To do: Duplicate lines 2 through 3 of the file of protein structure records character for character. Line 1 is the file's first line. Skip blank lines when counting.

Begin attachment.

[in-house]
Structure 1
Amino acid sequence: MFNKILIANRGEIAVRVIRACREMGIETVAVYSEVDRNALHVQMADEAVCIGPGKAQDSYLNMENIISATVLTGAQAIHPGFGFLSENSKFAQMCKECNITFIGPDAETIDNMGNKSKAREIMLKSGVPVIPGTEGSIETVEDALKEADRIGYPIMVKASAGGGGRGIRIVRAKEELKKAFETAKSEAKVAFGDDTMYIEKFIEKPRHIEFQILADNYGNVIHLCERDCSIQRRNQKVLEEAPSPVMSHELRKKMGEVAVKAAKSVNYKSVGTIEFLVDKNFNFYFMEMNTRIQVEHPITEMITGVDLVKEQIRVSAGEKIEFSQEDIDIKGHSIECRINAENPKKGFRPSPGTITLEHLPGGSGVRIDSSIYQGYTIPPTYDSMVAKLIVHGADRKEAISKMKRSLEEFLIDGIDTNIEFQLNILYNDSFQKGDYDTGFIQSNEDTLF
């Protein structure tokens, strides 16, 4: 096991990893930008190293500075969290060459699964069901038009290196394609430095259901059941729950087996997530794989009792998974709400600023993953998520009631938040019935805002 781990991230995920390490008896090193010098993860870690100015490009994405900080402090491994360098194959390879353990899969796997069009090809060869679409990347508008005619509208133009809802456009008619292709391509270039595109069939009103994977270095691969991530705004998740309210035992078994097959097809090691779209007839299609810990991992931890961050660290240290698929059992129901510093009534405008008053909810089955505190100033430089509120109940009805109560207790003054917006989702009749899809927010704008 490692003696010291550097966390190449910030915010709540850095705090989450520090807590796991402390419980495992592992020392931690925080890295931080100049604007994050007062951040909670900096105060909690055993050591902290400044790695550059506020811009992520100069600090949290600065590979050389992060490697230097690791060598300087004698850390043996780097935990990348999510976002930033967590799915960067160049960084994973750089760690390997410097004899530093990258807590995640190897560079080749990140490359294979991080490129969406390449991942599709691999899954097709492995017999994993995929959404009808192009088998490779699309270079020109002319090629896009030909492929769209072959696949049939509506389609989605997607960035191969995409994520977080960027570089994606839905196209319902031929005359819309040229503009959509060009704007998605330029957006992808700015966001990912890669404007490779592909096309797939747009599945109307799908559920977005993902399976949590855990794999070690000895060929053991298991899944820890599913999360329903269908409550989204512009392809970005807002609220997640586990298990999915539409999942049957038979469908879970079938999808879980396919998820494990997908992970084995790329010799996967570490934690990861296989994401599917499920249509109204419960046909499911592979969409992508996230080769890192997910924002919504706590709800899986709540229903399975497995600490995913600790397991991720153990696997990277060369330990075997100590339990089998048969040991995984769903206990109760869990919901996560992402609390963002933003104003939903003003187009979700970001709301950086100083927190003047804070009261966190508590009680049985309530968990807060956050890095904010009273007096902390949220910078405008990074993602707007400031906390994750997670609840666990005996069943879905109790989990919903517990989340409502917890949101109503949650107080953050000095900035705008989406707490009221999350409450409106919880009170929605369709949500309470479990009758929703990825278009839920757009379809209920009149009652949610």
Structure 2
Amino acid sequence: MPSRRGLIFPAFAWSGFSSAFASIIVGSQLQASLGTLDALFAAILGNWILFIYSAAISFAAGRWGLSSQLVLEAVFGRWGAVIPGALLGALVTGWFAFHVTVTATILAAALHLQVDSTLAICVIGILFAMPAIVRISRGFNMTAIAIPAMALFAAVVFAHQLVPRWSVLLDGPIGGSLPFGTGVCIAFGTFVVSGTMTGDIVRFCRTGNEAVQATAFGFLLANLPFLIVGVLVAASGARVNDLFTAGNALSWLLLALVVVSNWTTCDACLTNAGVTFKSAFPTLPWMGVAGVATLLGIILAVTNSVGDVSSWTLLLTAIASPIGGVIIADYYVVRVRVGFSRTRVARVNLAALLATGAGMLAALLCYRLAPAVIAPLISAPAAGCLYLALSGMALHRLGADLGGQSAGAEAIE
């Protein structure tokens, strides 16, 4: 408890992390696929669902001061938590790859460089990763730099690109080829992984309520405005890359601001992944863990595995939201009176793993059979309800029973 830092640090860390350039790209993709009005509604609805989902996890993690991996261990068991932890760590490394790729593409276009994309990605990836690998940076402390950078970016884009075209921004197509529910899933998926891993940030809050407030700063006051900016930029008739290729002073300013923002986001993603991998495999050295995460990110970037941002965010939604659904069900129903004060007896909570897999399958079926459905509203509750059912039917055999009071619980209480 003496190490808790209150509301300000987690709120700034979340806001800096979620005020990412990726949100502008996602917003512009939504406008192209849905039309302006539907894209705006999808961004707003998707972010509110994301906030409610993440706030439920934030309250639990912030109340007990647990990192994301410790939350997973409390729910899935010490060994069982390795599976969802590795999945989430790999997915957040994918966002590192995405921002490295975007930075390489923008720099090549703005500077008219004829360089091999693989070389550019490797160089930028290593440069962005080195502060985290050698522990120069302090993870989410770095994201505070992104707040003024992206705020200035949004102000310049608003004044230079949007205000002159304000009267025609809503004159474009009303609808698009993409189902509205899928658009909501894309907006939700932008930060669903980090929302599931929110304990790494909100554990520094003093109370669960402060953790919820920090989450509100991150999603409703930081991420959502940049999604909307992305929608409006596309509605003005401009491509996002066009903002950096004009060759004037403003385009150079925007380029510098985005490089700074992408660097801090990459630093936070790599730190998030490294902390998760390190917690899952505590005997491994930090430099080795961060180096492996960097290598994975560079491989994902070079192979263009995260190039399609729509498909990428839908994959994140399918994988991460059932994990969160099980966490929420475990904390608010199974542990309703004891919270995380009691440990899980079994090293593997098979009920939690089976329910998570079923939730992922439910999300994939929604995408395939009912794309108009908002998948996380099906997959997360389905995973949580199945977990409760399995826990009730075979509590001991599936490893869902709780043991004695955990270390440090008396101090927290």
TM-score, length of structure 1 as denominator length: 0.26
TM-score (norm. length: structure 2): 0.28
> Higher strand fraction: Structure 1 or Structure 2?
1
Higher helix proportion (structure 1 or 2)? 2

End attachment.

Structure 1
Amino acid sequence: MFNKILIANRGEIAVRVIRACREMGIETVAVYSEVDRNALHVQMADEAVCIGPGKAQDSYLNMENIISATVLTGAQAIHPGFGFLSENSKFAQMCKECNITFIGPDAETIDNMGNKSKAREIMLKSGVPVIPGTEGSIETVEDALKEADRIGYPIMVKASAGGGGRGIRIVRAKEELKKAFETAKSEAKVAFGDDTMYIEKFIEKPRHIEFQILADNYGNVIHLCERDCSIQRRNQKVLEEAPSPVMSHELRKKMGEVAVKAAKSVNYKSVGTIEFLVDKNFNFYFMEMNTRIQVEHPITEMITGVDLVKEQIRVSAGEKIEFSQEDIDIKGHSIECRINAENPKKGFRPSPGTITLEHLPGGSGVRIDSSIYQGYTIPPTYDSMVAKLIVHGADRKEAISKMKRSLEEFLIDGIDTNIEFQLNILYNDSFQKGDYDTGFIQSNEDTLF